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In the world of yakitori and kushiyaki while chicken steals the headlines the often forgotten pig also plays a major role. 

A mention on blood and wasabi about bacon is long overdue, not only for the fact that we seem to spend half out lives wrapping everything that doesn’t move in paper thin sheets of the stuff, but also for anyone keen to try this at home, summer is disappearing fast, for any hope of a home barbeque it’s last chance saloon.

Bacon is gods gift to the grill, its subtle smoky pork flavouring is lifted to new heights when cooked over an open fire. What we are most interested in though is its magical rendering quality, for a cuisine that prides itself on its minimal use of oil, bacon is our natural lubricant.

A translucent layer of good quality pork can sex-up the humblest of ingredient. Items that were previously afraid of the grill are given a juicy protective coat.

So which bacon should you use?

Sadly the majority of bacon found in shops and supermarkets in the UK and Japan is utter rubbish – pumped full of salty brine this stuff will leak it’s milky white poison all over your grill. yuk.  Steer well clear.

It has to be dry cured; In Japan Italian pancetta is king, the Spanish version with the subtle addition of pimenton is a close second.  Some of the better supermarkets in the UK are beginning to wake up so shop around.  Lucky you if you happen to live near an Italian delicatessan, speak to them nicely and they may even slice it for you.

At Bincho we use both but our favourite without doubt is the French version – ventreche.

The scruffy chap that sits on the edge of Dijon’s faboulous food market selling his home made charcuterie just happens to be the France’s biggest yakitori fan. His black pepper crusted ventreche is the stuff of legends. Any excuse he gets he will be in Soho munching on skewers.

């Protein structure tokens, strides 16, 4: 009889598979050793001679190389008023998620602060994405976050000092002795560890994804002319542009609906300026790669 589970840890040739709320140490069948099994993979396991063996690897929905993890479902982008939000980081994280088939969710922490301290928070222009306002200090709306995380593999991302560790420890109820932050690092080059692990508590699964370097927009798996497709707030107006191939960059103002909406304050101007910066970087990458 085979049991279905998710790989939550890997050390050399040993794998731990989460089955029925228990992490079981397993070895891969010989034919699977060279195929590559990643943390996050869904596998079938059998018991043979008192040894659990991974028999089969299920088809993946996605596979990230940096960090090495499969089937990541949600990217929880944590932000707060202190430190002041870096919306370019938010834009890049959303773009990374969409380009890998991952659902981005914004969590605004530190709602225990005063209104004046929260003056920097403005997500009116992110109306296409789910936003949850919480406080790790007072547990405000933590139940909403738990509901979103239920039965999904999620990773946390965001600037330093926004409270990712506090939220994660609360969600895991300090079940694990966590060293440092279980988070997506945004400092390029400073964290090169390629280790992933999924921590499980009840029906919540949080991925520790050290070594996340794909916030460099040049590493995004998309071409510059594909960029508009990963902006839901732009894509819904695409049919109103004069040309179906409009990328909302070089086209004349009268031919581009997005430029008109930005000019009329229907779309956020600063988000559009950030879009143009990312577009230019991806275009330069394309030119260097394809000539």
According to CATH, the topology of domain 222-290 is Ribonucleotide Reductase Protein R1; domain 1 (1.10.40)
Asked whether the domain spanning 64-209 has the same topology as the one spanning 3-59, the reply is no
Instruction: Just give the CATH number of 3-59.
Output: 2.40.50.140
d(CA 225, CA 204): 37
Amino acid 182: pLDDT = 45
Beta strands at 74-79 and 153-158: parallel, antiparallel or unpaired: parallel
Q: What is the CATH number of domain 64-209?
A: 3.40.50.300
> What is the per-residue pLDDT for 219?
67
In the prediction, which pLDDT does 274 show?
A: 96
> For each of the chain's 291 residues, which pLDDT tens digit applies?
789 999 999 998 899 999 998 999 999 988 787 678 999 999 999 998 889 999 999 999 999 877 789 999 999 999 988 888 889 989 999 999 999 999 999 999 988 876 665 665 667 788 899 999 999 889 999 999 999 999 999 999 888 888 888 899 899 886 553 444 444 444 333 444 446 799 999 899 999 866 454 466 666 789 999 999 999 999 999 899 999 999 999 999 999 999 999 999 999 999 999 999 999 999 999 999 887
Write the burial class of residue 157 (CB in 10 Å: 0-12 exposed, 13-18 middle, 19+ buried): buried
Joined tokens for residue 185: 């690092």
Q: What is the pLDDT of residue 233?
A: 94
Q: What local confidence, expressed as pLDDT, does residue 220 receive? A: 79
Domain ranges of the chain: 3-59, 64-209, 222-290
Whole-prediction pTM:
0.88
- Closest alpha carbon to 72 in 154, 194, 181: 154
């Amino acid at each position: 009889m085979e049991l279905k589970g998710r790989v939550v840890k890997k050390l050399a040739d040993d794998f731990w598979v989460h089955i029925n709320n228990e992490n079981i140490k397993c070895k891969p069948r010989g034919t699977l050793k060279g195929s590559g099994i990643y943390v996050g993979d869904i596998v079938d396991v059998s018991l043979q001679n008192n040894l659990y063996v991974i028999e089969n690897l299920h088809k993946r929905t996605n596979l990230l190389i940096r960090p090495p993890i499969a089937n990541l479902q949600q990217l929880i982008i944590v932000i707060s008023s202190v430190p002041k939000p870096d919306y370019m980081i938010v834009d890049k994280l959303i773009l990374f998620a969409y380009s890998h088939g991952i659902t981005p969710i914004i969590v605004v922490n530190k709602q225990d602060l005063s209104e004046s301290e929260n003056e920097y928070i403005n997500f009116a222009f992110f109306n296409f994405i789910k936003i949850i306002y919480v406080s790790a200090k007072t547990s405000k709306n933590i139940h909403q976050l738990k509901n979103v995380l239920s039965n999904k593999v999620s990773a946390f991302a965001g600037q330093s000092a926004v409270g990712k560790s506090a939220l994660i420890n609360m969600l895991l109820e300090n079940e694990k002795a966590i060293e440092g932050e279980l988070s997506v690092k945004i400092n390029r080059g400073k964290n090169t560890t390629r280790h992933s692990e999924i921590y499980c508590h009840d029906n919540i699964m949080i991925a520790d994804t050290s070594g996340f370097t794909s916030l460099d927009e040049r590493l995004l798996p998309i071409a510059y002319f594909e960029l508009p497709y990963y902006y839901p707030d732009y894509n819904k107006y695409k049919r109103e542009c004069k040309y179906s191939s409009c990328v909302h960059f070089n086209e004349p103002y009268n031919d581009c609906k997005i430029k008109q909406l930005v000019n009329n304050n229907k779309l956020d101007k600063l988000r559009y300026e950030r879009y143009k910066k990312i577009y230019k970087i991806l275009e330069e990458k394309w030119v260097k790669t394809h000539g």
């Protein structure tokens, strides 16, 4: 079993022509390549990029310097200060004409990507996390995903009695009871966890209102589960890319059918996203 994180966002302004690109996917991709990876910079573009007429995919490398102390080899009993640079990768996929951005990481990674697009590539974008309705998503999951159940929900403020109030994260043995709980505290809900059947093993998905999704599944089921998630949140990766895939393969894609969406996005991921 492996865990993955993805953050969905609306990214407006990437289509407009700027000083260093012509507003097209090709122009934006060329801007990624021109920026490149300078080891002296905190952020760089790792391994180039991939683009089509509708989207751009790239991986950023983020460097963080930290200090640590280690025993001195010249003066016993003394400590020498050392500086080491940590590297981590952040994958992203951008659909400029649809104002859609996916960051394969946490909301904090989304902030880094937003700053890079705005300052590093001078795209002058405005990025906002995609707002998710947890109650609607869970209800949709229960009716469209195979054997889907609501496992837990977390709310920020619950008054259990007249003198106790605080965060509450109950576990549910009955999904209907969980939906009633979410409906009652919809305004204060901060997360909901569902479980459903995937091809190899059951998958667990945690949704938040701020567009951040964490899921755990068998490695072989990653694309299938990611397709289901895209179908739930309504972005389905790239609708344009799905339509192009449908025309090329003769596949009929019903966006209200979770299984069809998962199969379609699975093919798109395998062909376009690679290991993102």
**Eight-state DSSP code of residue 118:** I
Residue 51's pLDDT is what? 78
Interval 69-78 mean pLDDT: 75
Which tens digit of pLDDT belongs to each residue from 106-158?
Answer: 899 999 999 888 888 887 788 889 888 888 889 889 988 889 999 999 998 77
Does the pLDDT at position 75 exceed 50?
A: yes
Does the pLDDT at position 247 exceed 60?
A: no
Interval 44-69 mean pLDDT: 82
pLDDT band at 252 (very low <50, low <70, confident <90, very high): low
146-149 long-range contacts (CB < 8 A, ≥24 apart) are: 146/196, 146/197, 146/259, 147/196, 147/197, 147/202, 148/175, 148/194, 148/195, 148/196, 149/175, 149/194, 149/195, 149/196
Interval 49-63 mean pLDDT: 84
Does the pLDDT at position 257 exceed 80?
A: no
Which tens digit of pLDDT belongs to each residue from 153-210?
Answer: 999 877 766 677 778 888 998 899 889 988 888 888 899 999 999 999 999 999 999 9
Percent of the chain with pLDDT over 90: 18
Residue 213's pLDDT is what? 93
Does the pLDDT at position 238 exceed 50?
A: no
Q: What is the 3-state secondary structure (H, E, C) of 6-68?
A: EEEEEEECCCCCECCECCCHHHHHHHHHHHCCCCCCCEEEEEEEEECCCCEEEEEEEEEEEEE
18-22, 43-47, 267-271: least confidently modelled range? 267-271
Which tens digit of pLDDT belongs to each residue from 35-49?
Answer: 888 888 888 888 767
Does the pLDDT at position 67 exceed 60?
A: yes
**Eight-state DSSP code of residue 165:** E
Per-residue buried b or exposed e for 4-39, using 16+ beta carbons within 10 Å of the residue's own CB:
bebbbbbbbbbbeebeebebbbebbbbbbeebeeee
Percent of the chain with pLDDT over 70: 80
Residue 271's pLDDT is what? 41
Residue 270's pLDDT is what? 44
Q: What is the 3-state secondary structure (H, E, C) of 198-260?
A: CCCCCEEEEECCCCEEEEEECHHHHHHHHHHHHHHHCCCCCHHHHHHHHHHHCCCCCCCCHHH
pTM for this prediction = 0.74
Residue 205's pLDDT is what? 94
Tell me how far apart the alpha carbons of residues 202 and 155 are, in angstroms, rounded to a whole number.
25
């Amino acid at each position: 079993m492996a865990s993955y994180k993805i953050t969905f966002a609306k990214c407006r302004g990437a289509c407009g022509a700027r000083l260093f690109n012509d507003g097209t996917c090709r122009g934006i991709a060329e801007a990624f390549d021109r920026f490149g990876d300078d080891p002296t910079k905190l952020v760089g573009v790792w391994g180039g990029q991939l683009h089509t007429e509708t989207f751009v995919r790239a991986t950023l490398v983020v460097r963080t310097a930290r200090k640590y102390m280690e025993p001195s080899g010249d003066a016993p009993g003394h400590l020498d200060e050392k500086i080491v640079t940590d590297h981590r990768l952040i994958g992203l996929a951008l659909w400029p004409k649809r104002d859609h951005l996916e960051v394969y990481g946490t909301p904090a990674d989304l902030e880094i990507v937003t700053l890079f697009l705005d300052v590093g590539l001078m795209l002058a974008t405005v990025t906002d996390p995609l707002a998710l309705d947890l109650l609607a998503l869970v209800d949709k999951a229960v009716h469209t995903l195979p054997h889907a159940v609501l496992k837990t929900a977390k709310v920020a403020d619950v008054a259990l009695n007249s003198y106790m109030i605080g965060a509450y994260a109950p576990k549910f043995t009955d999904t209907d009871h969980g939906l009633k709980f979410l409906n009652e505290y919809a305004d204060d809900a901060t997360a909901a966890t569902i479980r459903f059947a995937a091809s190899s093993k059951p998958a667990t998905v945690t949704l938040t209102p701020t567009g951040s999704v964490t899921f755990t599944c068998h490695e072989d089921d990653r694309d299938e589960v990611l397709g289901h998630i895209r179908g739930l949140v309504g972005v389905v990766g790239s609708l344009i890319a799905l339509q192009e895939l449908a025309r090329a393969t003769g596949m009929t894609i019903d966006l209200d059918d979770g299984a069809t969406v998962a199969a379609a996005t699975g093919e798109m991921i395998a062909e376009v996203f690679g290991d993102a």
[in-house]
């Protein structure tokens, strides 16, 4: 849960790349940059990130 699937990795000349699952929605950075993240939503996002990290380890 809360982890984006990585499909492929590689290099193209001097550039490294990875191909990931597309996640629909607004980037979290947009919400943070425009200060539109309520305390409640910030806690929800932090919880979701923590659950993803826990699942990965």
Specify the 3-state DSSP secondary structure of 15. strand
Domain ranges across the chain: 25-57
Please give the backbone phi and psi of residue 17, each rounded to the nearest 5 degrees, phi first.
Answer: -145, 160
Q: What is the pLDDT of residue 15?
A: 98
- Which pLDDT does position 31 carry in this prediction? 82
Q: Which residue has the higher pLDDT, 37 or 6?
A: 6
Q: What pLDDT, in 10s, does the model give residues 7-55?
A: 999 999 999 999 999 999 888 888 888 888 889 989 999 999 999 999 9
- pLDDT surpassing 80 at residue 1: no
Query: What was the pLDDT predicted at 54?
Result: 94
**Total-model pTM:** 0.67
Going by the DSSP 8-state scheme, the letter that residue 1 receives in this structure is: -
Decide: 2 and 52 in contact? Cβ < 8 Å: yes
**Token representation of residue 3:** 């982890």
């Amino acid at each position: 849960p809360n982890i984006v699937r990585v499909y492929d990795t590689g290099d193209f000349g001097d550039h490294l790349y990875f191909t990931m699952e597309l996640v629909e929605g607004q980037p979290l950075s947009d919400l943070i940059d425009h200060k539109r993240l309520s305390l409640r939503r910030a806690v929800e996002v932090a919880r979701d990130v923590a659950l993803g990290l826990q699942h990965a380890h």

If you get the opportunity to pop over the channel ventreche is widely available – a must buy for aspiring grill chefs.

So what to wrap?

Amongst the vegetables asparagus is the most popular and a fixture on virtually every Izakaya menu in Japan [ in-season British of course is best].  Mushrooms are awesome – Asian varieties eringi and enoki especially good.  Cherry tomatoes explosive.

As for seafood choose fish with a low oil content – scallops are the most popular, oysters, prawns, octopus and squid tentacles all work a treat. Try cubes of white fish, even boring old pollack and whiting seem to sing under the spell of the swine. 

Finally lets not forget quail eggs, immensly popular, hugely labour intensive and absolutely worth the effort. 

So simply take your ingredients, wrap in your translucent slices of bacon, skewer and grill – a few wedges of lemon and your away.

It's really that simple, now all you need to do is wait for the sun…..

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